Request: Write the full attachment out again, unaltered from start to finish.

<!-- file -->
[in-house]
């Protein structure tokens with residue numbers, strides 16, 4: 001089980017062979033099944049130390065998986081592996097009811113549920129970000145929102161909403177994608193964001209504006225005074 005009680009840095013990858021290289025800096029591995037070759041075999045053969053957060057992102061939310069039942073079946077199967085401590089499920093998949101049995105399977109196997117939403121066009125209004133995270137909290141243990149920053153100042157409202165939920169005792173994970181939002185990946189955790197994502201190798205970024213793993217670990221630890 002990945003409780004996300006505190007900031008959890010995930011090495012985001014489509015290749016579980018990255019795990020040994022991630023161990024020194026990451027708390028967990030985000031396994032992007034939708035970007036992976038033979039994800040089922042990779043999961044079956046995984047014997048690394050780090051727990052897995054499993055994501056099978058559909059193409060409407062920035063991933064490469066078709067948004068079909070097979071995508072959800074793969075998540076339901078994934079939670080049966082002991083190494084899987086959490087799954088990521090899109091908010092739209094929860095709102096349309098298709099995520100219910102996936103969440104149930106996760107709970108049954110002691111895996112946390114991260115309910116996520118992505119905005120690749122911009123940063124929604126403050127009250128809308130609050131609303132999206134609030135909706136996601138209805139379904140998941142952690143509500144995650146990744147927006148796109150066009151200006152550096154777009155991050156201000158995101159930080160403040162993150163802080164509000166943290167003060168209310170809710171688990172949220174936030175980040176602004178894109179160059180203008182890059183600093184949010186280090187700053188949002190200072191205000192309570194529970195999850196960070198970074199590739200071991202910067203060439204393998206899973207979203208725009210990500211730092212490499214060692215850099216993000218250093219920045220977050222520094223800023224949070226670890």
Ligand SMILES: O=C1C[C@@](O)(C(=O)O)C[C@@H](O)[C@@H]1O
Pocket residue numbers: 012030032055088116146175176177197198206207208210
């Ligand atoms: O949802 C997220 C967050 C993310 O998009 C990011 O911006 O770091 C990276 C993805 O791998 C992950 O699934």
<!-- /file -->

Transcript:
[in-house]
């Protein structure tokens with residue numbers, strides 16, 4: 001089980017062979033099944049130390065998986081592996097009811113549920129970000145929102161909403177994608193964001209504006225005074 005009680009840095013990858021290289025800096029591995037070759041075999045053969053957060057992102061939310069039942073079946077199967085401590089499920093998949101049995105399977109196997117939403121066009125209004133995270137909290141243990149920053153100042157409202165939920169005792173994970181939002185990946189955790197994502201190798205970024213793993217670990221630890 002990945003409780004996300006505190007900031008959890010995930011090495012985001014489509015290749016579980018990255019795990020040994022991630023161990024020194026990451027708390028967990030985000031396994032992007034939708035970007036992976038033979039994800040089922042990779043999961044079956046995984047014997048690394050780090051727990052897995054499993055994501056099978058559909059193409060409407062920035063991933064490469066078709067948004068079909070097979071995508072959800074793969075998540076339901078994934079939670080049966082002991083190494084899987086959490087799954088990521090899109091908010092739209094929860095709102096349309098298709099995520100219910102996936103969440104149930106996760107709970108049954110002691111895996112946390114991260115309910116996520118992505119905005120690749122911009123940063124929604126403050127009250128809308130609050131609303132999206134609030135909706136996601138209805139379904140998941142952690143509500144995650146990744147927006148796109150066009151200006152550096154777009155991050156201000158995101159930080160403040162993150163802080164509000166943290167003060168209310170809710171688990172949220174936030175980040176602004178894109179160059180203008182890059183600093184949010186280090187700053188949002190200072191205000192309570194529970195999850196960070198970074199590739200071991202910067203060439204393998206899973207979203208725009210990500211730092212490499214060692215850099216993000218250093219920045220977050222520094223800023224949070226670890």
Ligand SMILES: O=C1C[C@@](O)(C(=O)O)C[C@@H](O)[C@@H]1O
Pocket residue numbers: 012030032055088116146175176177197198206207208210
């Ligand atoms: O949802 C997220 C967050 C993310 O998009 C990011 O911006 O770091 C990276 C993805 O791998 C992950 O699934």